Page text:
Like the handi rifle idea! Course the heaviest recoil to be commonly found is 2 ounce turkey loads and 1-3/4 ounce magnum slugs through any of the 12 gauge single shots. Don't try this from a bench! A 5 pound gun puts out over 100 pounds of sharp recoil, not gentle shove there.
I agree w/this ^

I have a Mosin M44 and Marlin 45-70, which I have loaded very hot...but turkey loads are the absolute worst. I can take about 5 or so and I'm done.
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Old July 16, 2014, 04:21 PM   #57
Collector0311
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The steel buttplate on my old 1894 30wcf used to remind me the next morning that I had been shooting the day prior!
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Old July 16, 2014, 06:10 PM   #58
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There is an online calculator which provides some basis for comparison, though action type, stock dimensions, shape, and fit to shooter will make a lot of difference in how recoil is felt. Important number is the "free recoil". Most people find 20 foot pounds to be the limit for comfortable shooting.

http://www.handloads.com/calc/recoil.asp

For example: Compare bolt guns in 30-06 180 grain, 2800 fps, 55 grains powder in an 8-1/2 pound rifle at 19 foot pounds of recoil, or a fast 30 cal 180gr at 3200 with 70 grains of powder from an 8-1/2 pound rifle at 27 foot pounds. Get 50% more recoil for those extra 400 fps. If it's the same model gun in two different calibers, you will definitely notice!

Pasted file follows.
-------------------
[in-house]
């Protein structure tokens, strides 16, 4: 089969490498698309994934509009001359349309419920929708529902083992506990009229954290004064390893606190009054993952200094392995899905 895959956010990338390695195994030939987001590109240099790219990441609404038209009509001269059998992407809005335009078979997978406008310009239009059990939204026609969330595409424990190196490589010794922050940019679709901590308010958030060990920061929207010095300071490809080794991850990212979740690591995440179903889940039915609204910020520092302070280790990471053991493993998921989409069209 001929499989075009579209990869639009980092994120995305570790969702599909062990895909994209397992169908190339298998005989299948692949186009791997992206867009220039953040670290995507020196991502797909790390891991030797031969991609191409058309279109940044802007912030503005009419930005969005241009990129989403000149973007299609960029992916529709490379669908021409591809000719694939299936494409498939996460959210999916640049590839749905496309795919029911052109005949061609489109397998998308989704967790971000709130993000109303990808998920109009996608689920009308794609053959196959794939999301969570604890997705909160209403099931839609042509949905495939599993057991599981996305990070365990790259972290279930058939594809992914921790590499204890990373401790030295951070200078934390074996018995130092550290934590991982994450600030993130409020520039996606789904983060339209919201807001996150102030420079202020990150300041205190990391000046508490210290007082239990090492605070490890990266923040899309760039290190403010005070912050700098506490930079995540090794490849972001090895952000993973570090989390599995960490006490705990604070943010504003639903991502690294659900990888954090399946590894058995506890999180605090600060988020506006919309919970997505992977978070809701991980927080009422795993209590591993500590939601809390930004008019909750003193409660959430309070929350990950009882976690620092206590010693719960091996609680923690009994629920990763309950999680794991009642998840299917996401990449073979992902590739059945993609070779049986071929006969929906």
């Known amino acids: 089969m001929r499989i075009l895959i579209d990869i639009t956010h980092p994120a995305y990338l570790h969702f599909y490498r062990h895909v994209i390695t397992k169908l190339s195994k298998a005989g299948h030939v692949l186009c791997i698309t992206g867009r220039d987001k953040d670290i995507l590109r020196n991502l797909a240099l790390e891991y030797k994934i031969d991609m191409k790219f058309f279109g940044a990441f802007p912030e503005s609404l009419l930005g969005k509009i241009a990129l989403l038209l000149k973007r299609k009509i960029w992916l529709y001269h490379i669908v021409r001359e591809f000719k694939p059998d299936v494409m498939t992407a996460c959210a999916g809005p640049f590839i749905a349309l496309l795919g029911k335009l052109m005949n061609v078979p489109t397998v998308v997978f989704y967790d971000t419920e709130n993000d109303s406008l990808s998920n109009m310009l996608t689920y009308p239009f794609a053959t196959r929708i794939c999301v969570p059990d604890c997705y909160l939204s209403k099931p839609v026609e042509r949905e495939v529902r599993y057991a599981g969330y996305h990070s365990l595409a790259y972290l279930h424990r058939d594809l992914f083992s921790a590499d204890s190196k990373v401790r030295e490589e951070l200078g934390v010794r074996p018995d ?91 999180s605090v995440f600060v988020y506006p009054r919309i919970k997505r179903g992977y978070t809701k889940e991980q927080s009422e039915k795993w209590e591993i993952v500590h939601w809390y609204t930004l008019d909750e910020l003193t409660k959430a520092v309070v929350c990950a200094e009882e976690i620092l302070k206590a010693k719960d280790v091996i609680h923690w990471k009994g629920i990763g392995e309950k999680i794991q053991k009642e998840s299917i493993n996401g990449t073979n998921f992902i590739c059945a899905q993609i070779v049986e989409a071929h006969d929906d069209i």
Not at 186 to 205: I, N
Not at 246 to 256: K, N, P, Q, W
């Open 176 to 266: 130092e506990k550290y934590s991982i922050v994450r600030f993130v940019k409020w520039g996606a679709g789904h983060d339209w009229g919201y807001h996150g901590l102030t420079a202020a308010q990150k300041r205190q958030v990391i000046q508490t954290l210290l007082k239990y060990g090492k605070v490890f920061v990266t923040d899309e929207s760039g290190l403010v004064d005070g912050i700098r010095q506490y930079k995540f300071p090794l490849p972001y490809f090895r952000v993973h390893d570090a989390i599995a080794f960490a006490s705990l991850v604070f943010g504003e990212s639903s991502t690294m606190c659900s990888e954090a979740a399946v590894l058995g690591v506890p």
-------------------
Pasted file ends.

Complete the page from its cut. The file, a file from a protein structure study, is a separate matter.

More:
For giggles we can throw in the shotguns. 2 ounce turkey load at 1250 fps, 2-1/2 dram equivalent = 875 grains projectile, 1250 fps, 68 grains powder out of a standard 6 pound field gun = 98+ foot pounds of recoil. Won't find many takers for 100 round shooting session with these things. 5 in a box is plenty :-)

(dram is equal to a bit over 27 1/3 grains of powder so 2 dram = 55, 2-1/2 dram = 68. Shot or slug weights 1 ounce = 437-1/2 grains)
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Old July 16, 2014, 07:42 PM   #59
justice06rr
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Mosin M44 gives quite a kick for a cheap 7.62 rifle.

You can also try a 12gauge shotgun and shoot slugs through it.
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Old July 17, 2014, 09:14 AM   #60
wombat13
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Quote:
Originally Posted by illinoisburt View Post
There is an online calculator which provides some basis for comparison...

http://www.handloads.com/calc/recoil.asp

For giggles we can throw in the shotguns. 2 ounce turkey load at 1250 fps, 2-1/2 dram equivalent = 875 grains projectile, 1250 fps, 68 grains powder out of a standard 6 pound field gun = 98+ foot pounds of recoil. Won't find many takers for 100 round shooting session with these things. 5 in a box is plenty :-)

(dram is equal to a bit over 27 1/3 grains of powder so 2 dram = 55, 2-1/2 dram = 68. Shot or slug weights 1 ounce = 437-1/2 grains)
That's an eye opener. I knew the turkey load had some recoil. My hat has almost come off (hat stays still while body and head recoil). I now know to make sure my hat is nice and snug.